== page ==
Quantcast
Connect with us

Rural Georgia city council votes to fly ‘Christian flag’ at City Hall over objections by its own attorney

Published

on

Even after the city attorney told them it was a violation of church/state separation, the city council of little Cochran, Georgia, population 5,100, voted last week to fly the “Christian flag” over its City Hall. And the city manager tells us it’s still flying there now.

A local resident alerted us to the situation, concerned that the story wasn’t getting wider attention. WMAZ, a television station in Macon, which is about 40 miles north, wrote a brief piece about the city council’s decision, but our informant told us that the flag was also flying at the Bleckley County Courthouse and other public places.

ADVERTISEMENT

We called Cochran City Manager Richard Newbern to ask him if the story was true.

“The council voted last Tuesday, on April 14, to fly the Christian flag at City Hall,” Newbern told us. “In the past it has been flown from time to time at City Hall.”

But this time, he says, after the council voted to raise the flag, Newbern thought he better get an opinion from the city attorney.

“The attorney advised that the flag not be flown at City Hall,” he says, and it was taken down. But then the city council voted 5-1 to put it back up, and it’s been flying on a pole outside the building ever since.

ADVERTISEMENT

Newbern explained that the flag was raised in anticipation of the local “Bible Reading Marathon,” which is sponsored by the International Bible Reading Association and was first held in Cochran in 2003. The event lasts seven days on the steps of the county courthouse, with the Christian flag flying. According to the Bible Reading Marathon’s Facebook page, the setup at the county courthouse is put together by a member of the county staff…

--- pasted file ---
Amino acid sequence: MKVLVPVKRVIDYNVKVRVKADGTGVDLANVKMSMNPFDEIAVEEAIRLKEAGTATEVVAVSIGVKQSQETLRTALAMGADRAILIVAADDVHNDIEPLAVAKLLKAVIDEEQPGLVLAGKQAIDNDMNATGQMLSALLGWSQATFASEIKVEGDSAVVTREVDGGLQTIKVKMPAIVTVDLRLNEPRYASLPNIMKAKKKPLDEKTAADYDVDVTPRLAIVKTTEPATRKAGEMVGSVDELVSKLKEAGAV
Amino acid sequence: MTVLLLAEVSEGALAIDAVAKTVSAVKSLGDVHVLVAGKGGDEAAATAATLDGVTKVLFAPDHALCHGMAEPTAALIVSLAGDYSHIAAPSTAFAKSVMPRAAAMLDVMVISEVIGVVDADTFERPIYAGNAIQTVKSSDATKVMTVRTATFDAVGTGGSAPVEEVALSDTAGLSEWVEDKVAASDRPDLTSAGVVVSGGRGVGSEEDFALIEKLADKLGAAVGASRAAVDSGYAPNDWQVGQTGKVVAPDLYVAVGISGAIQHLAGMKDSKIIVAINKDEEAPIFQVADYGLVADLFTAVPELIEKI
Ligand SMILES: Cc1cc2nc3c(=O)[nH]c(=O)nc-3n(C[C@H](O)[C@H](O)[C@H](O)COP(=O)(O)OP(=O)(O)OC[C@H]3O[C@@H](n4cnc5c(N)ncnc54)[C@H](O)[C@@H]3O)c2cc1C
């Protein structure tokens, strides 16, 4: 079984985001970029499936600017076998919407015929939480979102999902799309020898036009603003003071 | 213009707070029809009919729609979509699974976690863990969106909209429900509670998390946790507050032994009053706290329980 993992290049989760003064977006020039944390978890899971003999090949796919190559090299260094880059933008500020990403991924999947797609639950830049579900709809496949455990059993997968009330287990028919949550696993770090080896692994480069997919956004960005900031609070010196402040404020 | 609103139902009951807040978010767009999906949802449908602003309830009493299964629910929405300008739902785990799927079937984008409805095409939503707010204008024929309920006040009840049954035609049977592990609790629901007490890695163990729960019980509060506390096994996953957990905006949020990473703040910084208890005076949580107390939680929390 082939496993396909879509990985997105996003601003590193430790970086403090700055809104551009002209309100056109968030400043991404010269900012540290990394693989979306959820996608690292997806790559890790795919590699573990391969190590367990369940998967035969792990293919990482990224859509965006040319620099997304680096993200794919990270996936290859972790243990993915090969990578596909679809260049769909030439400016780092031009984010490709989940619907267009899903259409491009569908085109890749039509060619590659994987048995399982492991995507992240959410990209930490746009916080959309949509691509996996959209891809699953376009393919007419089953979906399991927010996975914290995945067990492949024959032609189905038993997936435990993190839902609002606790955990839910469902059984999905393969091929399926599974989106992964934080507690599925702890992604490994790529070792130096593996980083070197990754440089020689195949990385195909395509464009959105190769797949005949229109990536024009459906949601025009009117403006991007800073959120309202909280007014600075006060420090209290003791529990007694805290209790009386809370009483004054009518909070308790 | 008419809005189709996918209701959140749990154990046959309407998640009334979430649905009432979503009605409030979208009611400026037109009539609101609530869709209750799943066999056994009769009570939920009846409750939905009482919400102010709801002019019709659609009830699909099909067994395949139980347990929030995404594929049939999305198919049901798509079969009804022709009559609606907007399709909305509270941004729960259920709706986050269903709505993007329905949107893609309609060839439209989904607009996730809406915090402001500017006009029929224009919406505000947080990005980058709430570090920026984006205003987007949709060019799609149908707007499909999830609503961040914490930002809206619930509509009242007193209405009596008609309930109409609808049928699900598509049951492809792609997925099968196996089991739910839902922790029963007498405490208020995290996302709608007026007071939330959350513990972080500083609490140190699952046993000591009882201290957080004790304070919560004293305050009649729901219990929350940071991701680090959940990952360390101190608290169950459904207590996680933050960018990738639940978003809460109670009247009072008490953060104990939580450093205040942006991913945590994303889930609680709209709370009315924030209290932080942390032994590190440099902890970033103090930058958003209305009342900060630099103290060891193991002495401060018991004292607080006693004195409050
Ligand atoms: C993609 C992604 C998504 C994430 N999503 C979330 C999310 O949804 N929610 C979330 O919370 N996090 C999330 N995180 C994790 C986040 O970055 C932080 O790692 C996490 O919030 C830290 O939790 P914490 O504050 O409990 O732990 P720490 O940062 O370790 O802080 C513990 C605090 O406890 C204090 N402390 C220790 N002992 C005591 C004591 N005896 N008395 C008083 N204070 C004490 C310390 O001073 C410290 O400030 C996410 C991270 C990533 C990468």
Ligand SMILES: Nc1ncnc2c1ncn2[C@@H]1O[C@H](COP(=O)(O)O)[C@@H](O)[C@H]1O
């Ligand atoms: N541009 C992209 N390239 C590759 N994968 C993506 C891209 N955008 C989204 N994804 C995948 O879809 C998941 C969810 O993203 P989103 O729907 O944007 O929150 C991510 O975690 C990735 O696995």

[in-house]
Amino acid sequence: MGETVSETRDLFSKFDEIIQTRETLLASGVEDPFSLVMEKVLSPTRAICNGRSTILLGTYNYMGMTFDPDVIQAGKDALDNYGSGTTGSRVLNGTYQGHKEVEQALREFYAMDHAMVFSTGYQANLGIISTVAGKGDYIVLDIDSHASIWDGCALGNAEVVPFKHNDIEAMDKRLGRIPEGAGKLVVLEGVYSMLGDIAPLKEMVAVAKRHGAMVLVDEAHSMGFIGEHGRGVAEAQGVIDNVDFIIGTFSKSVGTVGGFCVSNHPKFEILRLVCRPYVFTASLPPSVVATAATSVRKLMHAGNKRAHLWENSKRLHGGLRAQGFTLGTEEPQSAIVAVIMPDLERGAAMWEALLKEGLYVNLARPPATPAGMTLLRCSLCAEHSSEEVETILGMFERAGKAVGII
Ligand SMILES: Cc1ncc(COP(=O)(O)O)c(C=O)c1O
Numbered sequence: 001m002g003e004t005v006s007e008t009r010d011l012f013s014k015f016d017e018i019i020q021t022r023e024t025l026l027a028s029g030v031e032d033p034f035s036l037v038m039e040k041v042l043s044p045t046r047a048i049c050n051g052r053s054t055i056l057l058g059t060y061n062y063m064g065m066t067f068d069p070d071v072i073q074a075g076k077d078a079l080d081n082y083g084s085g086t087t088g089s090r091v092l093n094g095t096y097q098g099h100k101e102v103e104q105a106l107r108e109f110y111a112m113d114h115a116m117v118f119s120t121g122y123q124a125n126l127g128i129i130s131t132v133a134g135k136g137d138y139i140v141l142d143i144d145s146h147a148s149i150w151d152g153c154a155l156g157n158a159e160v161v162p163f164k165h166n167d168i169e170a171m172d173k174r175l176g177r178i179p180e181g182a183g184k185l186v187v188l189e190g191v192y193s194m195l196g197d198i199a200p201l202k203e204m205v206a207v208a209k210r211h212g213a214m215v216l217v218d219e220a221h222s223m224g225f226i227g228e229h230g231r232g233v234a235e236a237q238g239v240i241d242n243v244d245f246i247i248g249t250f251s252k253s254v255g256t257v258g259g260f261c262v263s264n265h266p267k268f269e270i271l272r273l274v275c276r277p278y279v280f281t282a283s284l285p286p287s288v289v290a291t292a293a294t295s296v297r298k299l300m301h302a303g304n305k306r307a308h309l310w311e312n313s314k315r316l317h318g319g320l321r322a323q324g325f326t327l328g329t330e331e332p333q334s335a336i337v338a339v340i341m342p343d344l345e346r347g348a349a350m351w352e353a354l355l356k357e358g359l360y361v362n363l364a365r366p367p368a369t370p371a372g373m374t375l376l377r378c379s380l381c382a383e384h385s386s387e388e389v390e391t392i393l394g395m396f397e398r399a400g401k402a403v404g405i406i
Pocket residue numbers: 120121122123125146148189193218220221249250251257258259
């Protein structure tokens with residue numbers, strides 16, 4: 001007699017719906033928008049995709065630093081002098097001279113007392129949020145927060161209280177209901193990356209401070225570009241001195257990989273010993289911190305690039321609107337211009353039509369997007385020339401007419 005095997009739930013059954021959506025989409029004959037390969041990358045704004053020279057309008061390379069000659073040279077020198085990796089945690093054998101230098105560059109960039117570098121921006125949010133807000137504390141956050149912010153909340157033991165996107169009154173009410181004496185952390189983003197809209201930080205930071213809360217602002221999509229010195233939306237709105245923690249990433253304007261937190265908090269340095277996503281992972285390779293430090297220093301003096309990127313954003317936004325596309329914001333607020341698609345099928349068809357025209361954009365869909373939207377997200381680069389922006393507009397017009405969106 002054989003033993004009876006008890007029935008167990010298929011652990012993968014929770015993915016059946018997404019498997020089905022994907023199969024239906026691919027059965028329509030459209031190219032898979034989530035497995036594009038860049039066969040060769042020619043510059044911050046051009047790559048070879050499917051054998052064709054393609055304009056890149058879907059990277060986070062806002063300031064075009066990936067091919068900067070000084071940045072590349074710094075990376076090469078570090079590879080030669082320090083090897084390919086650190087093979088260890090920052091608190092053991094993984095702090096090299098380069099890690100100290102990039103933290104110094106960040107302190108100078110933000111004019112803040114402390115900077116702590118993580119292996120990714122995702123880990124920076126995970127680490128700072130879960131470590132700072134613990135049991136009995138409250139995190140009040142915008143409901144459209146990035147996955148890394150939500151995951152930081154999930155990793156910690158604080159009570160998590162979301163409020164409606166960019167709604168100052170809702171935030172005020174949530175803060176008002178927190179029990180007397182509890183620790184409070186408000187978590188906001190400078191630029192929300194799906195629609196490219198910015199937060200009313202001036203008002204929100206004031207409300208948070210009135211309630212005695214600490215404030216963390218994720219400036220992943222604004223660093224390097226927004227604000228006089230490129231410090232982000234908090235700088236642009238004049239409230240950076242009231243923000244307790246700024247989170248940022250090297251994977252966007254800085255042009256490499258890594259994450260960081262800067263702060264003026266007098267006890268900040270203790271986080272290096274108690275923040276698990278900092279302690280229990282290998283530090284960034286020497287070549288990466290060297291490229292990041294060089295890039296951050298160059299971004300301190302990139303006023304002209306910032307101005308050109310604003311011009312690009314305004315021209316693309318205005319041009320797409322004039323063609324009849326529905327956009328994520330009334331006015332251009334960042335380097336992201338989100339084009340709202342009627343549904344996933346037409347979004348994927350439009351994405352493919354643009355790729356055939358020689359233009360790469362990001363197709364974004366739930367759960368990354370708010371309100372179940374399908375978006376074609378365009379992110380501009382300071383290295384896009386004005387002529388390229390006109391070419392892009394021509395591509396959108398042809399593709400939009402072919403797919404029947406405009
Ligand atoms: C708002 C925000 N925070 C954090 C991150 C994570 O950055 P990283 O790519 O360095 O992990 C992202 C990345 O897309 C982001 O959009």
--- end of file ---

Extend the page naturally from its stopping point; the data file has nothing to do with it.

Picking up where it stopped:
BleckleyCounty

 
The Facebook page also features a photo of the flag flying at the county courthouse…

ADVERTISEMENT

 
BleckleyCourthouse

 
And at Cochran City Hall…

 
CochranCityHall

ADVERTISEMENT

 
The idea for a Christian flag dates back to a speech given at Coney Island in 1897, when a Sunday school superintendent needed to come up with something to say when a scheduled speaker failed to show up. According to the Society of the Christian Flag, in 1908 a pledge was added by a Methodist minister: “I pledge Allegiance to the Christian Flag and to the Saviour for whose kingdom it stands, one brotherhood uniting all mankind in service and love.”

And of course there’s nothing wrong with places of worship and private homes flying a flag that’s meant to express unity between various Christian sects and denominations.

But flying it on public buildings is a pretty blatant violation of the First Amendment, as the city’s attorney tried to warn the city council. And with the flag also flying on businesses and homes in Cochran, it must feel to a non-believer that the town has been taken over by a local theocracy.

ADVERTISEMENT

Even the local Dairy Queen has been co-opted…

 
CochranDQ

 
We asked Newbern if he’s received any complaints from local residents about the flag flying at the public building. “No, I haven’t received any complaints.”

 

ADVERTISEMENT


Report typos and corrections to: [email protected].
READ COMMENTS - JOIN THE DISCUSSION
Continue Reading